Svenska veckan, among other things

I'm going to summarize last weeks happenings, as well as upload some photos I've taken. Last week was the "Swedish week", as 6.11 is Gustav Adolf's Day. In the shopping house Hansa they had put up yellow signs with the Swedish names for things (see the pictures), and me and Mimi walked around and smiled at the signs. With president Tarja Halonen being THE spokes person for people speaking Finnish Swedish, the new "campaign" with the "Päivää Gudaa!" dragon for a mascot is getting more and more notice. The dragon is a little silly, but he/she/it is supposed to symbolize the courage to speak Swedish in public - even if your knowledge of Swedish as a language is not that good. (Hence the "Gudaa" instead of "God dag").

Heh, clearly the use of "finlandisms" have also been taken into account :)

 Well, the week wasn't all just fun and games, as the funeral for Gerda (Micke's maternal grandmother) was held on Saturday in Purmo. 16 people attended, all close relatives. I ended up being the only girl wearing a long black dress, and I had the "ho" boots on. *sigh* But another girl had white pumps on, so I didn't feel to bad about the shoes after all. It snowed the whole night before the funeral, so the church and the cemetery was covered beautifully in snow.
The ceremony in the small church in Purmo was nice, if you can describe a funeral as "nice". We cried, as in "I used up most of our tissue papers". The priest held the sermon about how life and death are part of a whole, and how Gerda now is with God and how we shouldn't worry about her anymore.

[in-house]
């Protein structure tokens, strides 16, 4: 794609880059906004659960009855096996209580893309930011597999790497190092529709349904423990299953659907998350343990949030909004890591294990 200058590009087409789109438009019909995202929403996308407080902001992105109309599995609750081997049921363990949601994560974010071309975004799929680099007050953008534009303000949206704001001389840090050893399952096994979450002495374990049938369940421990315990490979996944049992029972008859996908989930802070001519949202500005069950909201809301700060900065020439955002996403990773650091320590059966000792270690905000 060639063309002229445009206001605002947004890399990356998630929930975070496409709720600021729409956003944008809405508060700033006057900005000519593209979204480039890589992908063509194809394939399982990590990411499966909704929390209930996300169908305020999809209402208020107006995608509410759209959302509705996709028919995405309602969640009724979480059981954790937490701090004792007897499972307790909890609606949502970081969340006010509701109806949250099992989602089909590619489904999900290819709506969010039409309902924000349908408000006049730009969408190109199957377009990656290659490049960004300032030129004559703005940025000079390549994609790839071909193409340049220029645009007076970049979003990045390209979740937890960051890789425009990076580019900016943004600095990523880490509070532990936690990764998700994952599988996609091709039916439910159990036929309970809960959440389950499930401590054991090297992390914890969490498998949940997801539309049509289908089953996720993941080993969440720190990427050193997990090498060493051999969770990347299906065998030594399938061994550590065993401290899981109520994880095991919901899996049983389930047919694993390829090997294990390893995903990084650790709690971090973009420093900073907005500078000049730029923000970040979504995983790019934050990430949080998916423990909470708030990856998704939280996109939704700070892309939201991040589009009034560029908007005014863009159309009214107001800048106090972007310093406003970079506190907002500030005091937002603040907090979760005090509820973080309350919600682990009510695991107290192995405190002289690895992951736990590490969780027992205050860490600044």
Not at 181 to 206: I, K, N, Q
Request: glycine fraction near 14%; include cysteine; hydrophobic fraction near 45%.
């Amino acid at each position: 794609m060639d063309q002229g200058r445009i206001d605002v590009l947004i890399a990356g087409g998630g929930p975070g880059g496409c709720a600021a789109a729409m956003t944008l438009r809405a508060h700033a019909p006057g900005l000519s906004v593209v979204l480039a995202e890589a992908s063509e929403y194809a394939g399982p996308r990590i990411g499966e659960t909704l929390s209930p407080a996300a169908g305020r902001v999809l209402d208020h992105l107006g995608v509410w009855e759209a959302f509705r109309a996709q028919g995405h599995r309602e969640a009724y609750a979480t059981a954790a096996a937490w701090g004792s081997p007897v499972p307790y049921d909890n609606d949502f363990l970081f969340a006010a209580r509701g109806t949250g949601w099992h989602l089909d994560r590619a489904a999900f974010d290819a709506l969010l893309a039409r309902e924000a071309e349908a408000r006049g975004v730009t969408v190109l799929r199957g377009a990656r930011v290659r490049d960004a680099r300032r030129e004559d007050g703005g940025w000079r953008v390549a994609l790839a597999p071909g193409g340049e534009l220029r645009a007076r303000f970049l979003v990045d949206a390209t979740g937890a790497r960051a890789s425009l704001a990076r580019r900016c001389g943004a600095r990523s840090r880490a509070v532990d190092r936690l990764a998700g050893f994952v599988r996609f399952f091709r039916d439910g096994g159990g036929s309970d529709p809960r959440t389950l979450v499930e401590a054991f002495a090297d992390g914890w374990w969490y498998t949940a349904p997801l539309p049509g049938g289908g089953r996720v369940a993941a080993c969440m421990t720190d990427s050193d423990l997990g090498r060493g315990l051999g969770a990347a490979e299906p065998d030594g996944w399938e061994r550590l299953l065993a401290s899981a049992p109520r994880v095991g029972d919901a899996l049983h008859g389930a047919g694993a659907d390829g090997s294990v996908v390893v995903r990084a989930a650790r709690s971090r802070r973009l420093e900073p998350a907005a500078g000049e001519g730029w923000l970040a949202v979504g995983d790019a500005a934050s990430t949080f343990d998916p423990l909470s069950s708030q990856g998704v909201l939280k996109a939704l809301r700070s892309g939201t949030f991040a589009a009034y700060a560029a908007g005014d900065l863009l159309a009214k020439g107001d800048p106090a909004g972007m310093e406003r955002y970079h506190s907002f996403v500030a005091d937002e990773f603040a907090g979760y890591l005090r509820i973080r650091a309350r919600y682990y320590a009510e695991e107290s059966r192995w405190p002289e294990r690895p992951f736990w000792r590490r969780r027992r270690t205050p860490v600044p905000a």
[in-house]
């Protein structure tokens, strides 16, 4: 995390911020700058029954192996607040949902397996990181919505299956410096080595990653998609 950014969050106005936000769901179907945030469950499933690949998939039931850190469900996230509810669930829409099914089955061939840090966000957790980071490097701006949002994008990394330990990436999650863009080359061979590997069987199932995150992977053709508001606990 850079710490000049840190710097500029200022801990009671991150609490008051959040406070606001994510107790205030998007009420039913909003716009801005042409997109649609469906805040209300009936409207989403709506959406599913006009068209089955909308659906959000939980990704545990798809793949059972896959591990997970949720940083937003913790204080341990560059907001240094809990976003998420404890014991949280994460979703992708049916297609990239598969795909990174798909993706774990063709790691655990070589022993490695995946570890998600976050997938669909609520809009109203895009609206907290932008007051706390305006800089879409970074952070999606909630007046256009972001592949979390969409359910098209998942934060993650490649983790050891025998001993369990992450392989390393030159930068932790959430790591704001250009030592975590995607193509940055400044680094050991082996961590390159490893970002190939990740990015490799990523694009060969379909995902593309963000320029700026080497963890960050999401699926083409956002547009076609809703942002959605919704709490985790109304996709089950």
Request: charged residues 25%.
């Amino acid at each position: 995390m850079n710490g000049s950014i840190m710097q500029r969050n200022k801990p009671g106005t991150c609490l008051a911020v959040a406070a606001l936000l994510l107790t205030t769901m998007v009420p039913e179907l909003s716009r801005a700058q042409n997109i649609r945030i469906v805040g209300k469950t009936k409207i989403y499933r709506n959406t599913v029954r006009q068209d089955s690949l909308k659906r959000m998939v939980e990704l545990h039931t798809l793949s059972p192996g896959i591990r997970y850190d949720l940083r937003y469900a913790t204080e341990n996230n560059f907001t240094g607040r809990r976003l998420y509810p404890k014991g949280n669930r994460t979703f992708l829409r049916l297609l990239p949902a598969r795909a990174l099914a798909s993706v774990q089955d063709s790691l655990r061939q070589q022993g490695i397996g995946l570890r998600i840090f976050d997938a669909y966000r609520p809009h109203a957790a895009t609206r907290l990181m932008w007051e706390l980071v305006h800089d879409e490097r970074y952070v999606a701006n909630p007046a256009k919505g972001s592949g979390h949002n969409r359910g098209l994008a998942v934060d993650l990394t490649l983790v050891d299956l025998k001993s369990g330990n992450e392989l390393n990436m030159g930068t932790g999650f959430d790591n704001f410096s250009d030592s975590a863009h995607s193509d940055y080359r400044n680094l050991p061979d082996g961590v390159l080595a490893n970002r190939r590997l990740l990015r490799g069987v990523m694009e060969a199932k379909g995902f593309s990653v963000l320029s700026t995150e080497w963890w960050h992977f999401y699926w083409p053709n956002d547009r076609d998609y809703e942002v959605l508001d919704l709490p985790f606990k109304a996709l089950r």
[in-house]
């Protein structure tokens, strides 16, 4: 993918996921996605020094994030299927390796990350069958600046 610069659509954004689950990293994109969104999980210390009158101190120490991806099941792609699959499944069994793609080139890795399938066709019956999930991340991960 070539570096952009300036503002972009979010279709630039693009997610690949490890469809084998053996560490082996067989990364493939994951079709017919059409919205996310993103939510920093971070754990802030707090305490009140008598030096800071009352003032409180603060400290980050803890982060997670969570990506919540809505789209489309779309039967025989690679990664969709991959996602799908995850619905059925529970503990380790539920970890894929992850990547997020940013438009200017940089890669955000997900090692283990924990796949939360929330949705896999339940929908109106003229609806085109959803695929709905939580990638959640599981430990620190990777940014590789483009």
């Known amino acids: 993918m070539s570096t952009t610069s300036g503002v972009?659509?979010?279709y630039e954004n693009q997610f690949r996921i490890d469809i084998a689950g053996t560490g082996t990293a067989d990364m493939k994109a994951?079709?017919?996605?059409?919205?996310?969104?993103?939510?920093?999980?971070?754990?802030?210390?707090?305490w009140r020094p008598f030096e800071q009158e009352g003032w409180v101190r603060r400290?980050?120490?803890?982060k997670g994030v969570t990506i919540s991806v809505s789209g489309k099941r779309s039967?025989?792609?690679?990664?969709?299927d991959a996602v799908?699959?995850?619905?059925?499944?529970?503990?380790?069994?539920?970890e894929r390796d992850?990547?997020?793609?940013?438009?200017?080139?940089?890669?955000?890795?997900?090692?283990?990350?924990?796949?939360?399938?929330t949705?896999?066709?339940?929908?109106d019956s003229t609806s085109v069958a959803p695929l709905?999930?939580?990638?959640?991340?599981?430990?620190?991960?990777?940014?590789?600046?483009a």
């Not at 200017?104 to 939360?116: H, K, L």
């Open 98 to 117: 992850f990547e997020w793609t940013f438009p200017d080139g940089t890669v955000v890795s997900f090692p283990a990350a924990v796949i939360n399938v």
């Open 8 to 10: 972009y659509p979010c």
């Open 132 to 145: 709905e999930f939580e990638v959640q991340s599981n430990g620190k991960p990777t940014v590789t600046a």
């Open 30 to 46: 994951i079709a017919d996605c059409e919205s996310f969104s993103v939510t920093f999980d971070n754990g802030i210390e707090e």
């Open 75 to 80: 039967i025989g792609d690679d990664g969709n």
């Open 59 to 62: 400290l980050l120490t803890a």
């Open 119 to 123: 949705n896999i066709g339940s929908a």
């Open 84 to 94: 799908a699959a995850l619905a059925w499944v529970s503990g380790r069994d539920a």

It was cold when we held the ceremony at the cemetery, both me and Micke's sister Tina got our feet pretty much frozen solid. We sang "Härlig är jorden", which was quite fitting, even though it's a psalm mostly sung at Christmas. Micke and the other coffin-bearers did their job well, although they were all pretty upset. For me, it was the first time ever that I've walked with people to the cemetery and actually buried the person! I've only attended funerals where the coffin is left in the church, to get cremated. It felt... weird... I guess, to do it this "original" way instead.

Well, I learned a thing or two this weekend, and I still feel like I know too little about "how thing are done" up in Ostrobothnia, but I'm learning. I think I learned the most from speaking with Micke's paternal grandmother Laimi on Saturday evening. She's really wonderful, and she makes me miss my own granny so very much.
Oh well, now I've definitely written enough, I guess I'll better get back to work.